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Reflections on Holy Week

As we find ourselves in the midst of this most unusual time, on the precipice of what is sure to be a most unusual Easter, I find what I love most about Holy Week taking an even more clear and defined shape than I am used to. My favorite thing about Holy Week is how it leaves so much room for the night and the day, the sun and the moon, the darkness and the light- it gives a picture of grace and allowance for every conceivable feeling that we may find ourselves in.

We know the anticipatory joy of Palm Sunday. The crowds and the excitement and the wonder, perhaps tinged by a bit of unease; what my friend, Rev. Sara Gross-Samuelson refers to as a holy disruption.

We know the conflict and the vulnerability that comes with having our temple tables turned over and exposed.

We know the confusion and the invitation into wonder, the reframing of what it means to be a King and to show love, that comes with Maundy Thursday and the breaking of bread and pouring of wine that somehow means more than we can ever conceive.

We know the devastation and the feelings of failure of loss that comes with good Friday, where our grief is keen and fresh.

We know the foggy in-between of Holy Saturday, that odd place where the world begins to spin on but the pain of what you have lost is no less devastating.

We know the trembling, almost unbelieving joy, of Easter, of resurrection, of new life, of that thing that you most longed for taking shape in front of you and barely being able to see it or recognize it.

And, if on this Sunday, on this Easter, you find yourself still carrying something of Good Friday in your heart- I think, I REALLY think, that’s okay, because every last scrap of it is a part of what it means to be human, and I know Jesus understands that (that’s kind of the point isn’t it?).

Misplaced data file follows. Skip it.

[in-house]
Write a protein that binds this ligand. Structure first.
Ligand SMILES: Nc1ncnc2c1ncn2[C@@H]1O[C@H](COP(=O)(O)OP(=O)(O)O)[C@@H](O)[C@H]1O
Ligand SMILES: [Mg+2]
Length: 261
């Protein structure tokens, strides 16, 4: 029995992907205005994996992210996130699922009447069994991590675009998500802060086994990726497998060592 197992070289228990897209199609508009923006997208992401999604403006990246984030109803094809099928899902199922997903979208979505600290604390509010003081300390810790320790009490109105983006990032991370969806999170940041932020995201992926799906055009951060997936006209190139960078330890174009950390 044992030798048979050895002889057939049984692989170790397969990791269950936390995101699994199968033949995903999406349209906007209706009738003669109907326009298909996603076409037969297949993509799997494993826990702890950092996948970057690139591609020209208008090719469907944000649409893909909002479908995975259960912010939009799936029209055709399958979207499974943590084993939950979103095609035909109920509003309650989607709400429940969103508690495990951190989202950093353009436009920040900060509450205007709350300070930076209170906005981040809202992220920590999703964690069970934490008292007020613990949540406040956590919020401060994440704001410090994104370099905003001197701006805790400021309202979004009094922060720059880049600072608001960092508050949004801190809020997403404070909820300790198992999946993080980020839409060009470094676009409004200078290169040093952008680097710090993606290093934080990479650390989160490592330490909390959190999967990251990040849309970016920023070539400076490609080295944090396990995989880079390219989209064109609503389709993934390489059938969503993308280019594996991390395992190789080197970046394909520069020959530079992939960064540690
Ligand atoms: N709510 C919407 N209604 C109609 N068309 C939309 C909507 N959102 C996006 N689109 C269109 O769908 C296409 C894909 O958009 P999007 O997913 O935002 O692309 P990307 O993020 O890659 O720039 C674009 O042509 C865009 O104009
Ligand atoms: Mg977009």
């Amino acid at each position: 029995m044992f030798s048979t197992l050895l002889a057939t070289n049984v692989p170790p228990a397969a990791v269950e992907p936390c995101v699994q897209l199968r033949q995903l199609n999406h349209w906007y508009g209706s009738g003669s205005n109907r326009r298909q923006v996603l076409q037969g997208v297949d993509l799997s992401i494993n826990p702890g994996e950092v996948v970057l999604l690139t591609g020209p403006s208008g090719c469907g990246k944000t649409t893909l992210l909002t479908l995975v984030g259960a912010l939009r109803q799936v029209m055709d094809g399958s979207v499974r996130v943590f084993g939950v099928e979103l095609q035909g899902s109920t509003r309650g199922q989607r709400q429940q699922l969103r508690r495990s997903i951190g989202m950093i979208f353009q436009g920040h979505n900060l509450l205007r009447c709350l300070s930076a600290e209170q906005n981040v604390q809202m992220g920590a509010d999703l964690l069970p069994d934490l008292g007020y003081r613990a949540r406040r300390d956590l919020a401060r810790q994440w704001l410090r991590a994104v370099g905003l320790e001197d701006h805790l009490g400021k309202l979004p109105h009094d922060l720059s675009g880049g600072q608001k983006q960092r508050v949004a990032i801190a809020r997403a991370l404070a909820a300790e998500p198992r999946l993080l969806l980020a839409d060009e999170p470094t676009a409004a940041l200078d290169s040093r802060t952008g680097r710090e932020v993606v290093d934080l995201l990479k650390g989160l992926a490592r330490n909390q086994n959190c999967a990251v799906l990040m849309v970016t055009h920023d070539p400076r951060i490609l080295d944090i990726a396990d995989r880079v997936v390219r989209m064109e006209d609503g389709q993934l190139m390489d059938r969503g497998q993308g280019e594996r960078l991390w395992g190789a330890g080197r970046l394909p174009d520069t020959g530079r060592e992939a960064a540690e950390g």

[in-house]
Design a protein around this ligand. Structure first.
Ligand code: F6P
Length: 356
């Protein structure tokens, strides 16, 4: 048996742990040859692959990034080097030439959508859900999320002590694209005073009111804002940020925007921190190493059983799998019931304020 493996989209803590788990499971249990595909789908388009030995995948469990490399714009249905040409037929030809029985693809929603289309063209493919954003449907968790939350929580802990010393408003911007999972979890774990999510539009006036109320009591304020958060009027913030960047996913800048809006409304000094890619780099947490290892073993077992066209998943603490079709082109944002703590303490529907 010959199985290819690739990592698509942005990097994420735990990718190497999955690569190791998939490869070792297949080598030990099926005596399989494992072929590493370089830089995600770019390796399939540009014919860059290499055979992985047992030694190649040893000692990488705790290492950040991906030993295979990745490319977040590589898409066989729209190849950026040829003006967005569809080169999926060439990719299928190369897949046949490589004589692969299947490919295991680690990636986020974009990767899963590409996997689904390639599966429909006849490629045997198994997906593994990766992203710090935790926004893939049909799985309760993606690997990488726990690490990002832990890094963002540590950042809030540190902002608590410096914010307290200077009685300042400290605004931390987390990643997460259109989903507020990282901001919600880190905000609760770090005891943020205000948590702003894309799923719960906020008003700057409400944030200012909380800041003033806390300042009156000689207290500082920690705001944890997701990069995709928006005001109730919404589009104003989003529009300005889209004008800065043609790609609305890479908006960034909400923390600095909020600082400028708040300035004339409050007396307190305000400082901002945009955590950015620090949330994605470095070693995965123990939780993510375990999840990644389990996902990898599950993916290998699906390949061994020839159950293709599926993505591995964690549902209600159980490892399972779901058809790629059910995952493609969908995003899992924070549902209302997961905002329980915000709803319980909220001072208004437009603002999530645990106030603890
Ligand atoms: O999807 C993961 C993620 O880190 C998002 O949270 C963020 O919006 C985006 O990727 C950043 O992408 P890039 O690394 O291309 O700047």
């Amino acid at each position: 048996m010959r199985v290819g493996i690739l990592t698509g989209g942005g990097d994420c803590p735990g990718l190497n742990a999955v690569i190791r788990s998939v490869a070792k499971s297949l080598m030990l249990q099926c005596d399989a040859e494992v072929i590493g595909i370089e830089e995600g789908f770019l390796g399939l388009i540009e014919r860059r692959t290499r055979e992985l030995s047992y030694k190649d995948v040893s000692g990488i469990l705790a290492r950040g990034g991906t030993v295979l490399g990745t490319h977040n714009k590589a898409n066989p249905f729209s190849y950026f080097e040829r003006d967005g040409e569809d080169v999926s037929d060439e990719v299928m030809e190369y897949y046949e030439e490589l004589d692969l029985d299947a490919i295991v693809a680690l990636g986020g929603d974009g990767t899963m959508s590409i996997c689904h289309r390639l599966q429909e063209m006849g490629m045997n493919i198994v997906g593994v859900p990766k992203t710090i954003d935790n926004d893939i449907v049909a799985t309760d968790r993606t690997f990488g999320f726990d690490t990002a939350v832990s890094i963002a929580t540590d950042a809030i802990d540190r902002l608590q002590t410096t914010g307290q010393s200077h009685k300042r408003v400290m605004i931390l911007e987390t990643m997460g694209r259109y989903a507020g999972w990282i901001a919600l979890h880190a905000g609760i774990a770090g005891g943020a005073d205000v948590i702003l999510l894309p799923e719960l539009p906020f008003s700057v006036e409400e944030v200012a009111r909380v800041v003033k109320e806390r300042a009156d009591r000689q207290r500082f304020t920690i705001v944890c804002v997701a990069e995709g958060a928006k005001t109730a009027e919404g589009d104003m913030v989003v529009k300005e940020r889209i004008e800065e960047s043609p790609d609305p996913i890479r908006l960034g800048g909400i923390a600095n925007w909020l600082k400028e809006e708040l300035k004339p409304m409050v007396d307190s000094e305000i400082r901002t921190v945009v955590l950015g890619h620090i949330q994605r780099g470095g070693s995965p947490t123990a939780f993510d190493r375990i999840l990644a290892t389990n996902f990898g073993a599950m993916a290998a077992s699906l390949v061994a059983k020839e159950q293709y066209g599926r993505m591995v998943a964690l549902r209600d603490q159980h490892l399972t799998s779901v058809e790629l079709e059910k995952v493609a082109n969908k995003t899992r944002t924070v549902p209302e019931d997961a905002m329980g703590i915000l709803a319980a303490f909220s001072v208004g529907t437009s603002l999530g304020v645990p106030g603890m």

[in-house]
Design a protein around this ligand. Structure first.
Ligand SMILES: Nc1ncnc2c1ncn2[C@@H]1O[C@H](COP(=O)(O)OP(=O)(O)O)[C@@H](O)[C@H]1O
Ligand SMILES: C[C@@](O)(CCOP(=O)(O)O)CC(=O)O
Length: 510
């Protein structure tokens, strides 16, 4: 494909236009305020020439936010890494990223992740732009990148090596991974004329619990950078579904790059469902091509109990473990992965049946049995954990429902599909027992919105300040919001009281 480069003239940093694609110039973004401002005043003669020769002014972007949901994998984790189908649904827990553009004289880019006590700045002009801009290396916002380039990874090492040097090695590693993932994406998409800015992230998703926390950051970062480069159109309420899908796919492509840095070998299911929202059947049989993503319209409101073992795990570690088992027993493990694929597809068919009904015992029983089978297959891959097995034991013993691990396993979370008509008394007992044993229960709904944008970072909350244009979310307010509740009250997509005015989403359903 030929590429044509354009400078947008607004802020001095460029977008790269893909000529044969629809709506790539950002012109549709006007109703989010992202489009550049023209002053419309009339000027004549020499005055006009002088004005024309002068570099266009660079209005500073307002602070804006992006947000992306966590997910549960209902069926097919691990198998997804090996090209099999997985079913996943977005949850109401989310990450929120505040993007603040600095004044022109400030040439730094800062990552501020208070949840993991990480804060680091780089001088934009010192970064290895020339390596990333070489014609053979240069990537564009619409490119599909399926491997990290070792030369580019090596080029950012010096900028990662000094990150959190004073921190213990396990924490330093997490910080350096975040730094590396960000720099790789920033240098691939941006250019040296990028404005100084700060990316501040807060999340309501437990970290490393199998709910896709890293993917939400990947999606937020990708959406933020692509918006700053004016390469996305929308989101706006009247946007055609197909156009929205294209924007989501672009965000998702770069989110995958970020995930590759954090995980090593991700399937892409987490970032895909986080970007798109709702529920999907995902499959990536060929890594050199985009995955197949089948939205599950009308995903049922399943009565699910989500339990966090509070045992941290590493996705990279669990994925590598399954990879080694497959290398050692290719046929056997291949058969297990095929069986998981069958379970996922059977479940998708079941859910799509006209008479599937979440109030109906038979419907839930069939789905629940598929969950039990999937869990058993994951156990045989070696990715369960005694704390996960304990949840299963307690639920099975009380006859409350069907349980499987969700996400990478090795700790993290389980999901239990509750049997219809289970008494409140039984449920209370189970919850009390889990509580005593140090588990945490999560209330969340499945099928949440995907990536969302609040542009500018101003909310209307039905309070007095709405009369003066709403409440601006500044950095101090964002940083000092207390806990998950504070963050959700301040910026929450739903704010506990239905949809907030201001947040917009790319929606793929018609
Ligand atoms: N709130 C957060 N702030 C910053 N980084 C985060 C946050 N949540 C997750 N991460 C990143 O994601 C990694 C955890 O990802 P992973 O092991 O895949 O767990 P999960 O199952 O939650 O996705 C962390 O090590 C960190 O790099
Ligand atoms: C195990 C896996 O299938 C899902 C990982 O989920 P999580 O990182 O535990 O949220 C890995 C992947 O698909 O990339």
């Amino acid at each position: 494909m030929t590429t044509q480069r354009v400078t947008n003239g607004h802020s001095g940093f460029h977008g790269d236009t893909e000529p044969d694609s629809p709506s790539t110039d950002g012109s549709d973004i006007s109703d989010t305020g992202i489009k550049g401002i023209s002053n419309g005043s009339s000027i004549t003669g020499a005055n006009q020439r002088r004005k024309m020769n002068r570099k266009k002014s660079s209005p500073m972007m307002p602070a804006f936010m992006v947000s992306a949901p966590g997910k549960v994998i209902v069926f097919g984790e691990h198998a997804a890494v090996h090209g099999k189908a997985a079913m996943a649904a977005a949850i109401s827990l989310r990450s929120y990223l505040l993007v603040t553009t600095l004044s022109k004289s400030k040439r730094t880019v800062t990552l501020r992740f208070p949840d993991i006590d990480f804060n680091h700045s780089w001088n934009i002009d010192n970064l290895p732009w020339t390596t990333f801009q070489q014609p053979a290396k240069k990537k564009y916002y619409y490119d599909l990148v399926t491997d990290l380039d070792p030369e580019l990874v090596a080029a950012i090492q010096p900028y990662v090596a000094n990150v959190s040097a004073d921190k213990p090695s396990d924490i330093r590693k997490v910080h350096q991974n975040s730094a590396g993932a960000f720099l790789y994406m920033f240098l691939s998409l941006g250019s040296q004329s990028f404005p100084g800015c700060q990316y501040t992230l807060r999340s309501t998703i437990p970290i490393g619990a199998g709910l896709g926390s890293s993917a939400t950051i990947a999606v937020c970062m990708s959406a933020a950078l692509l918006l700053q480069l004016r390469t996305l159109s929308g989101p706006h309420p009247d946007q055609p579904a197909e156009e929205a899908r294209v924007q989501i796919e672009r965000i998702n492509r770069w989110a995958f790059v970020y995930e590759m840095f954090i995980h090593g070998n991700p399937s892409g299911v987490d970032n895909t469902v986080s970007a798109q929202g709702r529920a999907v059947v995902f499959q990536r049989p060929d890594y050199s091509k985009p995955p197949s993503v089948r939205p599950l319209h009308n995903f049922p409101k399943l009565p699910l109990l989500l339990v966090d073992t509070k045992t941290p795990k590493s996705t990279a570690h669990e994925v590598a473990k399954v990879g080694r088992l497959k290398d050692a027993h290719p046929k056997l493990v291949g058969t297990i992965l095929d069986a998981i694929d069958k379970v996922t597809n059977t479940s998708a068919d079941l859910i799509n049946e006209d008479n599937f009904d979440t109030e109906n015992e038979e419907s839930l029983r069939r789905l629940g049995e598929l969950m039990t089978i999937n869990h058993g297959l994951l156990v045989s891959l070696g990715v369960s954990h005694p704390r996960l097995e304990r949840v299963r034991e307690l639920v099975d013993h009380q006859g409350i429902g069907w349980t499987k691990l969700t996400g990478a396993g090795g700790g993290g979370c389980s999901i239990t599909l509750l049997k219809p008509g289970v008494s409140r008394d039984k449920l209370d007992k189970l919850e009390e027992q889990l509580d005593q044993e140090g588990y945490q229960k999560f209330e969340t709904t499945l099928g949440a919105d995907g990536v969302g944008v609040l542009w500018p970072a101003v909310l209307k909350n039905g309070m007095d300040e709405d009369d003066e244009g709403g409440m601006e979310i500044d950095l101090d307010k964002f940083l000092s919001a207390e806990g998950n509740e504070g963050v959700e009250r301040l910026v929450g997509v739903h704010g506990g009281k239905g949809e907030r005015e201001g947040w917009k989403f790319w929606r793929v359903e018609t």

This whole week makes me think (because I’m who I am, and I can never write or think about anything without somehow making a Star Wars reference) of how Holy Week is perfectly captured in that conversation in Star Wars: The Last Jedi. Holy Week shows us the repeating patterns of human behavior and human folly and human beauty. It speaks of the rhythms of life, of the tension and the conflict that creates both fear and change; of the truths that are mysterious but invite us into a place of surrender and wonder; of the death that must happen in order to experience resurrection, how each one is chased by the last and leads to the next.

These cycles are not always easy, and it does us no good to pretend they are. But when we begin to see them for what they are, for what they create in a world filled with broken and beautiful humans, we begin to see the cycle, and what may come next. It does not negate the grief, Easter does not take away the scars, but perhaps in that knowing, in that recognition of the ebb and flow of the world around us, and in us, we can begin to experience each season in the most authentic and honest, and, maybe, even begin to see the hope that can exist in each new

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